A 2017 study by Reid, Rabideau, and Sood published in The American Journal of Managed Care found that, despite their promises to save on medical costs, high-deductible health plans (HDHPs; also known as consumer-directed health plans or CDHPs) have failed to curb spending on unnecessary or low-value health services.
“CDHPs in their current form may represent too blunt an instrument to specifically curtail low-value healthcare spending,” the researchers concluded.
This doesn’t surprise me all that much. Patients often lack reliable information to decide which health care services provide the most value and are at the mercy of their physicians to inform them. So, even if you give patients more skin in the game, without adequate information they can rely on, they will use health care in about the same way they always have.
Even though the researchers found that CDHPs did reduce overall health spending, we can only conclude that the reduction came in the form of foregoing high-value health services.
CDHPs were touted as empowering consumers, but they were really just excuses for employers to cut back on benefits and for wealthy people to get tax breaks by sheltering money in their health savings accounts.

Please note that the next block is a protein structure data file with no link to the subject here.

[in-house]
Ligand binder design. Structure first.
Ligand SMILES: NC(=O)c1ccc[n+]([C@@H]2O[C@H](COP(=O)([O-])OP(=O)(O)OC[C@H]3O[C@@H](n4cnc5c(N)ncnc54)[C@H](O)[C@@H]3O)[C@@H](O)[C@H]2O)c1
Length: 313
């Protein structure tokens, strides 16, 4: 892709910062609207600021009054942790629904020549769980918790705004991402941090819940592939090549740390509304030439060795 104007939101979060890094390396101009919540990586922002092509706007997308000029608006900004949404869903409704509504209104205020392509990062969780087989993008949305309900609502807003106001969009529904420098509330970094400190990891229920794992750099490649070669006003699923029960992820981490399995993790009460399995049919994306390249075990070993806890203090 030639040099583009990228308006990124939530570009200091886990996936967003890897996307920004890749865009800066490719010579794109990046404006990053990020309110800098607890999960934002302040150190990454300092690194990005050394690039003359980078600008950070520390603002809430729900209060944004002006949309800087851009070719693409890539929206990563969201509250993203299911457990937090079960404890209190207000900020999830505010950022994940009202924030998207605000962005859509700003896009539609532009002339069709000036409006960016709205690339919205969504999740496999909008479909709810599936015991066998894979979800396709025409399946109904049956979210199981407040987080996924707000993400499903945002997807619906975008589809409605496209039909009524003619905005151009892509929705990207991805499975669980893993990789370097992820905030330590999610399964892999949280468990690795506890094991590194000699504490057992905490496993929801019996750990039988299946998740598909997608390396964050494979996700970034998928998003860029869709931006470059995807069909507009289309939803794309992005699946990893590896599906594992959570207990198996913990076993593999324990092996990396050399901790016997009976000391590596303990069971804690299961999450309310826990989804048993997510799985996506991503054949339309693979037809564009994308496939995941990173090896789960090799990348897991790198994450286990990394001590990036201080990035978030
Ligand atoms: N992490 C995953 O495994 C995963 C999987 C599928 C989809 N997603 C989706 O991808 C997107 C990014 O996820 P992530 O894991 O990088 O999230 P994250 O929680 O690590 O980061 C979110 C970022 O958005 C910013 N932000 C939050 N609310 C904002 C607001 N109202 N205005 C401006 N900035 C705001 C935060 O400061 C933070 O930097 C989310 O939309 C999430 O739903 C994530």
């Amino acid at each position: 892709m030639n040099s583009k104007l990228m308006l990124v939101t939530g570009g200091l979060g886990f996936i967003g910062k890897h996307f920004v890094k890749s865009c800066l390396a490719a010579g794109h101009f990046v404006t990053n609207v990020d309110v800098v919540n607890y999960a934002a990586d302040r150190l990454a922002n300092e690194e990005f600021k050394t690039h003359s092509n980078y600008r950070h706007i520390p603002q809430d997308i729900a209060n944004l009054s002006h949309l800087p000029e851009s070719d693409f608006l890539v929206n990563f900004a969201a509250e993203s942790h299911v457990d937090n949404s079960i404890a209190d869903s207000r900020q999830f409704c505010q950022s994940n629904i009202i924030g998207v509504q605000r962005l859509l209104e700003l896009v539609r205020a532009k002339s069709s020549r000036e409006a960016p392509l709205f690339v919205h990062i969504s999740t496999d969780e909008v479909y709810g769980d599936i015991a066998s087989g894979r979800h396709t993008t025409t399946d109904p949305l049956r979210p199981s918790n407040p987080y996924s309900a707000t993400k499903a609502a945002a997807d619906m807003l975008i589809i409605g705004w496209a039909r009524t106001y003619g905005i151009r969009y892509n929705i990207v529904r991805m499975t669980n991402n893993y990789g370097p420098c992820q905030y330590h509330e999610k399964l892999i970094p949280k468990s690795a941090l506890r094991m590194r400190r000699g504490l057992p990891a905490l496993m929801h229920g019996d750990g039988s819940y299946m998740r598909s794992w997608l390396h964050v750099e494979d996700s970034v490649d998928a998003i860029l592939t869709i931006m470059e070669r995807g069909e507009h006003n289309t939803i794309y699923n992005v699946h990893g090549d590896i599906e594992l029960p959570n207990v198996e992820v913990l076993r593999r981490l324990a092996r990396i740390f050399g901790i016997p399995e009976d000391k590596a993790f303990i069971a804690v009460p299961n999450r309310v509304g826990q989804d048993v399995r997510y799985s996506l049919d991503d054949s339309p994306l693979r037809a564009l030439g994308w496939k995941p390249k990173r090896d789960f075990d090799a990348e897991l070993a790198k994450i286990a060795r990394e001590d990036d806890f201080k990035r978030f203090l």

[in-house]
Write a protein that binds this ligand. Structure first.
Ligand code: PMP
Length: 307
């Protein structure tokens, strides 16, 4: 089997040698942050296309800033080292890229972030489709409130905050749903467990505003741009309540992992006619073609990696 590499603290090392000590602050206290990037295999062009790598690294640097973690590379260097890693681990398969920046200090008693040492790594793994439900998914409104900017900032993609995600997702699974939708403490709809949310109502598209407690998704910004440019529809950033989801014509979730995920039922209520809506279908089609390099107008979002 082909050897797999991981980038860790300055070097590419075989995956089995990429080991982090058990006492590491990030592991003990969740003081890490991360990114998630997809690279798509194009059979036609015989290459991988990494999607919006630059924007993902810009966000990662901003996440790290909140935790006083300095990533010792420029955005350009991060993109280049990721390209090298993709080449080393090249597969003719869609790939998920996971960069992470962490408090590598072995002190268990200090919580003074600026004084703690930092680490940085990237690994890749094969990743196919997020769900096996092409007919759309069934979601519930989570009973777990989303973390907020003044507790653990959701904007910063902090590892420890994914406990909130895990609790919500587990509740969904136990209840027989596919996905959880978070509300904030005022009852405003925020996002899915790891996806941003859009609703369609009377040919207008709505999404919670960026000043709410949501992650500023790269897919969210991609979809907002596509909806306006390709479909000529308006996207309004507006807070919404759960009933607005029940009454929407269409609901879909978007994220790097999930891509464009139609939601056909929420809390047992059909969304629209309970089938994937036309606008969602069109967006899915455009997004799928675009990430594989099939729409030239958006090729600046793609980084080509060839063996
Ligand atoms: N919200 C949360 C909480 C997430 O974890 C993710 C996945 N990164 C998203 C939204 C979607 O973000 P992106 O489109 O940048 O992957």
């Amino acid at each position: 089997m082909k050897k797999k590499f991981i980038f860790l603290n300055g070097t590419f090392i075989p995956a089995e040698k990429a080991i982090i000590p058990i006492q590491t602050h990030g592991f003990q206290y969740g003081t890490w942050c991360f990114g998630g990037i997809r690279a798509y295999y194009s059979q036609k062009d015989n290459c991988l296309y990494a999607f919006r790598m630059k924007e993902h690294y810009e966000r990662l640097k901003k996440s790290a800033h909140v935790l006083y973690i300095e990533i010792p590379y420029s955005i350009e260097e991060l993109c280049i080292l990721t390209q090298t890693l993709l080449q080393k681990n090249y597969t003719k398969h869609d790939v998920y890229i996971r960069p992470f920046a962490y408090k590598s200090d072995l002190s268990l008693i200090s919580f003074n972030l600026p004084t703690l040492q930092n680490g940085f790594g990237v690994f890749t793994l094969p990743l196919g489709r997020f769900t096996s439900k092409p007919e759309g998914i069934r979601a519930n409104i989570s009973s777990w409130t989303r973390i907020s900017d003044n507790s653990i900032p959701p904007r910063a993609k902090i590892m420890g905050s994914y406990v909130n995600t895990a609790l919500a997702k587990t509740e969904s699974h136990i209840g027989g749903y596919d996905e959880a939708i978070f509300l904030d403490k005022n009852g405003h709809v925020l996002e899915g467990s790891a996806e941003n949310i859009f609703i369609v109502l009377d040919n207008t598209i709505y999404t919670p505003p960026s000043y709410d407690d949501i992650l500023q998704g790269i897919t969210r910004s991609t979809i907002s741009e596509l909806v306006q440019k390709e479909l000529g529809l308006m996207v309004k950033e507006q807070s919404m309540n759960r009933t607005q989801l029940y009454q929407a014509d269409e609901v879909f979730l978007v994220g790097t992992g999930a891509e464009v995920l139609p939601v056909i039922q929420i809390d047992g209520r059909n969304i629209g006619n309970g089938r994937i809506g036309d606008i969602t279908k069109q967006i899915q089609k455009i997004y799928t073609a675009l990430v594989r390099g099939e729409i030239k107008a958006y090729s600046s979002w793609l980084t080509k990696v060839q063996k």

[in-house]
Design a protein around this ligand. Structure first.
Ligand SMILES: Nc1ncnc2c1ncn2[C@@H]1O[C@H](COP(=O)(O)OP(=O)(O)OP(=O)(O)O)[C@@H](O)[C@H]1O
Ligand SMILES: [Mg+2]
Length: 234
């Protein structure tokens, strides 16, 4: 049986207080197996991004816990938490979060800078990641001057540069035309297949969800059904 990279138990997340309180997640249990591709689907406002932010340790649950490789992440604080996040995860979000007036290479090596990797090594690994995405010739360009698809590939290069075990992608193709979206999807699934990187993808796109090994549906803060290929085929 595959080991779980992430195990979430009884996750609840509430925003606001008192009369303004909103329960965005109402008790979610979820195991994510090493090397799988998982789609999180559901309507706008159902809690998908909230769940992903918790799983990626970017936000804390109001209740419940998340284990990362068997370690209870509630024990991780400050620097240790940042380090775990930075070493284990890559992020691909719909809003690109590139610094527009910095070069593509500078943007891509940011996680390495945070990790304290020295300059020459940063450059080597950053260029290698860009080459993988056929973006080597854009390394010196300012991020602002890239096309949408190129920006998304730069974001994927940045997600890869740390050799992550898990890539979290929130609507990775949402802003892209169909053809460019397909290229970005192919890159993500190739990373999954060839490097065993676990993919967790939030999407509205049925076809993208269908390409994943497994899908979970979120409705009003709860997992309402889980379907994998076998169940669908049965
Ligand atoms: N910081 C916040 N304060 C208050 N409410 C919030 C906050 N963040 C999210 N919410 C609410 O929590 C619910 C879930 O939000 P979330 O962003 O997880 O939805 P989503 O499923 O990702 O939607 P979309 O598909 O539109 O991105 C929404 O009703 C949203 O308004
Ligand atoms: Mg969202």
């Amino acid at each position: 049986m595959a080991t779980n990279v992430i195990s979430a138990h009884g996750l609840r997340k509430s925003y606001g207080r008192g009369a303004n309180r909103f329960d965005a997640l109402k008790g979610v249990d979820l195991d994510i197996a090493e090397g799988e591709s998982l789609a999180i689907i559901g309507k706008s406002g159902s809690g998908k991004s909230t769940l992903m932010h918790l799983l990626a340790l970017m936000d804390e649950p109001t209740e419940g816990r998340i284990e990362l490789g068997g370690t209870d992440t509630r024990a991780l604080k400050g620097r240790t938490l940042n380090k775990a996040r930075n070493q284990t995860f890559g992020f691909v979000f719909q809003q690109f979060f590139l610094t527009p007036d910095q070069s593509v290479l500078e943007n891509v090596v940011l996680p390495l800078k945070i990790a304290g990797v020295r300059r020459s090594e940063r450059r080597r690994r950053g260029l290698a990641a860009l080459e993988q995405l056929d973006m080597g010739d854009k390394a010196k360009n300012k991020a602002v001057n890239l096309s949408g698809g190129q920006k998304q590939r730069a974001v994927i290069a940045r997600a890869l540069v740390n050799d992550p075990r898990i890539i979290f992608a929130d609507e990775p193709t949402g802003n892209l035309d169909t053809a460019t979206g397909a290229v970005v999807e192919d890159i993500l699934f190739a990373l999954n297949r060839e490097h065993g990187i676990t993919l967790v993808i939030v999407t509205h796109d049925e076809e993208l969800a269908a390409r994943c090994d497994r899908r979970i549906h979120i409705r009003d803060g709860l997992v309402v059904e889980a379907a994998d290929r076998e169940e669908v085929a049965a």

When people are uninsured or underinsured, they often end up with medical bills they cannot pay. Bad medical debt is a serious problem, not just for the patients (who are often driven into bankruptcy) but also for the health care providers.
Just how serious?
Hospitals and providers, historically, received 90% of the reimbursement from insurers, according to The Advisory Board. The patient portion was more of an afterthought.
That dynamic is shifting as more people come under high deductible health plans. The ratio could settle around 70-30 — with patients paying nearly a third of their bills, said Ken Kubisty, senior vice president at Advisory Board Consulting and Management.
For every patient dollar being billed, hospitals have historically failed to collect 65 cents.
Report from The Tennesseean
So, medical providers have to make up the income from this uncompensated care somehow. But how? By demanding higher and higher fees from private health insurers in order to remain in network. This increases claim costs to insurers, which they try to offset by increasing patient cost sharing (higher and higher deductibles, etc.), which leads to even more uncompensated care.
It’s a vicious cycle that no one seems particularly willing or able to break because it requires long-range thinking. Employers and individual insurance purchasers want to minimize premiums this year. Health insurers want to minimize claim costs this year and minimize premiums in order to satisfy employers this year. Hospitals and medical practitioners need to make up for last year’s uncompensated care this year. Even politicians want to get elected this year.
Is it surprising that health care in this country costs so much?